"Like a lot of moms out there I had spent a decade having babies and nursing them, so I got to the gym every once in a while," said White.
Then as she was staring down her 40th birthday, she set a new goal for herself -- she signed up for a triathlon. She knew she had some serious training ahead.
"Before my first triathlon, I had probably been on a bike maybe three times," said White.
And because triathlons require you to swim, bike and run, she needed to be able to do all three. Like many others in her position, she hooked up with a local club to help her get ready.
"That's one of the biggest aspects of the sport, the social aspect. Misery loves company," said Mike Reilly, Active.com. "They want to have someone out there with them, and be able to go out there and see if they're doing it correctly."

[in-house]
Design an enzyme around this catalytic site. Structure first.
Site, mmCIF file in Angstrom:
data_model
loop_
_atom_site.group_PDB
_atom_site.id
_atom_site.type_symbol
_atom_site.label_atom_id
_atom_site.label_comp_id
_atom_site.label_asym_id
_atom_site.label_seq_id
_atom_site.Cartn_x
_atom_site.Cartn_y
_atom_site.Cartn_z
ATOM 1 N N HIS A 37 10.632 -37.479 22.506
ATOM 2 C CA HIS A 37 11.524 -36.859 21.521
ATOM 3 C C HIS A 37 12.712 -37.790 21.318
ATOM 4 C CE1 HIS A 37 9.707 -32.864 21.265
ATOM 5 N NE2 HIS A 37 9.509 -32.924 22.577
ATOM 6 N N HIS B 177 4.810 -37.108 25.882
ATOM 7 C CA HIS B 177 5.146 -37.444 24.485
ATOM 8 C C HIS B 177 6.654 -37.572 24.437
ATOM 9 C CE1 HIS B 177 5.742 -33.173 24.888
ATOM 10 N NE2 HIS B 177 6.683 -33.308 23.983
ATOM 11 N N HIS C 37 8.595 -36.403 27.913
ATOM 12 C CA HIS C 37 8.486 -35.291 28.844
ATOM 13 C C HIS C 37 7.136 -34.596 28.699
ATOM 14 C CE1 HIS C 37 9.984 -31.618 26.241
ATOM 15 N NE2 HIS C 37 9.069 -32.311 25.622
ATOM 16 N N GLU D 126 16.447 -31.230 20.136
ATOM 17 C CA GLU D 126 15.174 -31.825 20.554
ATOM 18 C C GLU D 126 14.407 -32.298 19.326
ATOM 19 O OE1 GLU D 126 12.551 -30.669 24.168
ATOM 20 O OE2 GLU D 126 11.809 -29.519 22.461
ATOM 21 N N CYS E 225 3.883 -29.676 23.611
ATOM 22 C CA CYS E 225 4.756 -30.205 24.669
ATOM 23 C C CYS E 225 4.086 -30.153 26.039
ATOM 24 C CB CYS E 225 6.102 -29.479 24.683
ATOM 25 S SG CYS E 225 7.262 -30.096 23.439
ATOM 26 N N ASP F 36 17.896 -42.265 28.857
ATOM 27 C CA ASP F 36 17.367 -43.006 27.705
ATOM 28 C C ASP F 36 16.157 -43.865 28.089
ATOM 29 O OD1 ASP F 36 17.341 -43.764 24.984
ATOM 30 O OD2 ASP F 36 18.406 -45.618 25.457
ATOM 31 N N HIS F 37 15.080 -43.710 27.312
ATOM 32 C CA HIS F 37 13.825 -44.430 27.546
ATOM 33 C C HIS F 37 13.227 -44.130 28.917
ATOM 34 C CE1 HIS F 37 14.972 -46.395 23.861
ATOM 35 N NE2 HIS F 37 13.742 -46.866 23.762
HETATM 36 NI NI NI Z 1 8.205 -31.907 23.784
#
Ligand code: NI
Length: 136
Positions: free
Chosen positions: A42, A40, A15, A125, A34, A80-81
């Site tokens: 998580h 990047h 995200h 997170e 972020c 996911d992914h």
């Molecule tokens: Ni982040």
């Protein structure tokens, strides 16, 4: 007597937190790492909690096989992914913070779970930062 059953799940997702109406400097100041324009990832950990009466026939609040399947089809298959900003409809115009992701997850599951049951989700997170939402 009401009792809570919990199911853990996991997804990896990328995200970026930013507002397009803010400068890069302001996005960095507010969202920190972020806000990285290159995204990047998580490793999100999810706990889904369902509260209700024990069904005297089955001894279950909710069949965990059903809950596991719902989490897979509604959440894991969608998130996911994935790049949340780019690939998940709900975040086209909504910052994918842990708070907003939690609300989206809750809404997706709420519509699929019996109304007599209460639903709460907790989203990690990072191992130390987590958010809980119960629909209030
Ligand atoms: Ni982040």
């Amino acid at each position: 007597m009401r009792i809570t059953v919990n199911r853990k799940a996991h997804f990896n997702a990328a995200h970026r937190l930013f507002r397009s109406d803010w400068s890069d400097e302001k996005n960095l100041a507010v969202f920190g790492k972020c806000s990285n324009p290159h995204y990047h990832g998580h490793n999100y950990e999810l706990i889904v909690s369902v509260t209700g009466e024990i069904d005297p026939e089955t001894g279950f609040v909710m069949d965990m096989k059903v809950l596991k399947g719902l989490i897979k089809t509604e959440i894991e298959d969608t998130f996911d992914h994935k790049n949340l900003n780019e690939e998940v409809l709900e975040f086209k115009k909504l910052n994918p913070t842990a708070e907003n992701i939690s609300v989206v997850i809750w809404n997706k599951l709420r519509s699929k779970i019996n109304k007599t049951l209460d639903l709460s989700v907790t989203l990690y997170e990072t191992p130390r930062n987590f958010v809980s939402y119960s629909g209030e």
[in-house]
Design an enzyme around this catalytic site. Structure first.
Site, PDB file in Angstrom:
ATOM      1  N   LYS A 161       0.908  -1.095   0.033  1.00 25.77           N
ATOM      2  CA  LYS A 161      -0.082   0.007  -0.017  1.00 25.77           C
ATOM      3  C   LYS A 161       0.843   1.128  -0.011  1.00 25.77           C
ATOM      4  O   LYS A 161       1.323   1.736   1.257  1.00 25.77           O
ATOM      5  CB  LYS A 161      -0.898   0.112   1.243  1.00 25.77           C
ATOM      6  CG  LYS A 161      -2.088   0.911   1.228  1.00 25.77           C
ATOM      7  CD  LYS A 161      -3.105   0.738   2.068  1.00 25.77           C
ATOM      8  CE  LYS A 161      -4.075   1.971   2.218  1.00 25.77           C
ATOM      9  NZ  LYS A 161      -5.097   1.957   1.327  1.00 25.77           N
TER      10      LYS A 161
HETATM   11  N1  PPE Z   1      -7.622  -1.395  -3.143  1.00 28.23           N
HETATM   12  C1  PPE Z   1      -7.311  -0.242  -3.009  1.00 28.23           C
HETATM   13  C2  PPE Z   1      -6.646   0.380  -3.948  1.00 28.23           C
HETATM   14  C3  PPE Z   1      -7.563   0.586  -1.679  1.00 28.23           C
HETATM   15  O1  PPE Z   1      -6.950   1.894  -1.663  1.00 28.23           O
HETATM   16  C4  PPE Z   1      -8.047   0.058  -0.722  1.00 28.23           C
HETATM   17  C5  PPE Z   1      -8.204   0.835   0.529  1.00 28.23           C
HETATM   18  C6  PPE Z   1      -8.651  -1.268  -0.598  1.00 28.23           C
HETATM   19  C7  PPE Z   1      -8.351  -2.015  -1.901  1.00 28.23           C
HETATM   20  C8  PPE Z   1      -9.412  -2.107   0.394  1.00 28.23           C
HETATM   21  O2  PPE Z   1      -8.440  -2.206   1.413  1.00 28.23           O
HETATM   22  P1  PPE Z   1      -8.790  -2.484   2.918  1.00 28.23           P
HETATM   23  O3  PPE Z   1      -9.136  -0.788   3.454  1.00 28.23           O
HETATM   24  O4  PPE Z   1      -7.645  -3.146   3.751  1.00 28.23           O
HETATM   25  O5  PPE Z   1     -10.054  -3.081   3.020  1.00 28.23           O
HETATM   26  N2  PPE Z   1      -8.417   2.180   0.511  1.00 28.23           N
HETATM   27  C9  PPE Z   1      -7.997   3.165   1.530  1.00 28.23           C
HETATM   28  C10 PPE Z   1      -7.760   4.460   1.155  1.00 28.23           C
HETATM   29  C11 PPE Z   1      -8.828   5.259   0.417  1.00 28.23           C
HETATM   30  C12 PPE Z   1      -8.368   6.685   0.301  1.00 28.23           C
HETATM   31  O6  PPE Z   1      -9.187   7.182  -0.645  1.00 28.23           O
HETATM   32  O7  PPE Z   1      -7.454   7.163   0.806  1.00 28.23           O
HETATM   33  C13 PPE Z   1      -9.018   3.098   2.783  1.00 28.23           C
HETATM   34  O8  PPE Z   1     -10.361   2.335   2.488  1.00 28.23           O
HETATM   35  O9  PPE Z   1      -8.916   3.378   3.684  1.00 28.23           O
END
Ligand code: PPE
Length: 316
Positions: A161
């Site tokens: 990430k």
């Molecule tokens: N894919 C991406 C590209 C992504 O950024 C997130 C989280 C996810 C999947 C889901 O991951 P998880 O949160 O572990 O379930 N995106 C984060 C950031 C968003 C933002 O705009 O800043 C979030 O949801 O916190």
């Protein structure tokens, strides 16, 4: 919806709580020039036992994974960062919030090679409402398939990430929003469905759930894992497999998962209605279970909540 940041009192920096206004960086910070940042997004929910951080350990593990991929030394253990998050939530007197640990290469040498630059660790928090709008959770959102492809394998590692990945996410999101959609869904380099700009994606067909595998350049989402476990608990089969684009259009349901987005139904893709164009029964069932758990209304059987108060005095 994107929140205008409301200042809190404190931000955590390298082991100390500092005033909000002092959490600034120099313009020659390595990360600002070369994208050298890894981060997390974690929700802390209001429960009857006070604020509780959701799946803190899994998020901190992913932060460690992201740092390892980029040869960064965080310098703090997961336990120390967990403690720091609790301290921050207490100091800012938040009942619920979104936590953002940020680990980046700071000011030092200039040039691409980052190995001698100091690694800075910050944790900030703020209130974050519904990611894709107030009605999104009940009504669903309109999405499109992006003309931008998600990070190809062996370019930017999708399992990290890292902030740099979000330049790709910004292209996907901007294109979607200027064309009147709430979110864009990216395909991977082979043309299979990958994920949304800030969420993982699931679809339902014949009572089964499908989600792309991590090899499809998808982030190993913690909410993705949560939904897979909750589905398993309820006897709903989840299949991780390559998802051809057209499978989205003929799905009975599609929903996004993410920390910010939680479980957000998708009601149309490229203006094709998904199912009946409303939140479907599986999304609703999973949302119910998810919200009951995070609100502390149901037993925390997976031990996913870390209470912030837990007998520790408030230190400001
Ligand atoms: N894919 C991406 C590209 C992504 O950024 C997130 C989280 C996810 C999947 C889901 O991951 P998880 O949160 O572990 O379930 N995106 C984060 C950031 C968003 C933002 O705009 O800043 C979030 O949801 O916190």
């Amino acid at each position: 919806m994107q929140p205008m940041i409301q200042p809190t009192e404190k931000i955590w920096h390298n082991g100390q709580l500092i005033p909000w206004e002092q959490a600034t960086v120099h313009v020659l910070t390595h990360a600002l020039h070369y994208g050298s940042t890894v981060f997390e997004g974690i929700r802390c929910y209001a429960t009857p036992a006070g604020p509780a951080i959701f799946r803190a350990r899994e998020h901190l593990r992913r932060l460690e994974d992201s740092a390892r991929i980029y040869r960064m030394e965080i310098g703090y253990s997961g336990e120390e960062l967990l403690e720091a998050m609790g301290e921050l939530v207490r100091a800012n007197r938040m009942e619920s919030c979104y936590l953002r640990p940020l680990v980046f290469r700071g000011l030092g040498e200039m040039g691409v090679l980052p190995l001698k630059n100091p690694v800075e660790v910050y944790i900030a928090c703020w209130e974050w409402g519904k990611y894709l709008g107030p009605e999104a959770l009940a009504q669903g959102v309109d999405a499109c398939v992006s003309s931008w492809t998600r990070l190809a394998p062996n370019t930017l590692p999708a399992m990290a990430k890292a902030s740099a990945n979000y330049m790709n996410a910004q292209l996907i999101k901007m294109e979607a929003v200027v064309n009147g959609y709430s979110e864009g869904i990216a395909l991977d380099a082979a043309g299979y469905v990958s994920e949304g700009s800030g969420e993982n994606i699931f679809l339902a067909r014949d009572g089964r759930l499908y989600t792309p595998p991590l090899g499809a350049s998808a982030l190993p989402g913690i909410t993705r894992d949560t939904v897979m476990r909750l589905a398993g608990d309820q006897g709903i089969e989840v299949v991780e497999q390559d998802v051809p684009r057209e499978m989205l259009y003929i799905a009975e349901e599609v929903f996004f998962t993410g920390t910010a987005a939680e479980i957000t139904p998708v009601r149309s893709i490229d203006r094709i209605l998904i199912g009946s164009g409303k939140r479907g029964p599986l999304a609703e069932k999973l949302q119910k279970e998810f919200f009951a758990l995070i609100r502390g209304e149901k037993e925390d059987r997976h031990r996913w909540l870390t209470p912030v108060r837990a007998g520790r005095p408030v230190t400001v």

Reilly is a triathlon expert for Active.com, a Web site that provides resources to those in training. He says he's definitely seen a change.
"Elite athletes really highlight the sport, but the heart and soul of the triathlon is made up of amateurs," said Reilly. "It is the 40 to 44-year-old women, or the 70-year-old man who all of a sudden want to keep attaining to more goals in life."
The people fulfilling these fitness fantasies aren't always super-fit or athletic.
"I had never really run more than a mile so I had to push it," said White.
"They have accomplished something that probably two months prior, six months prior they thought they could never do in a million years," said Reilly. "All of a sudden they do it and you see the happiest people coming across the finish lines."
And with Web sites and clubs to help, it's easier than ever to try a triathlon.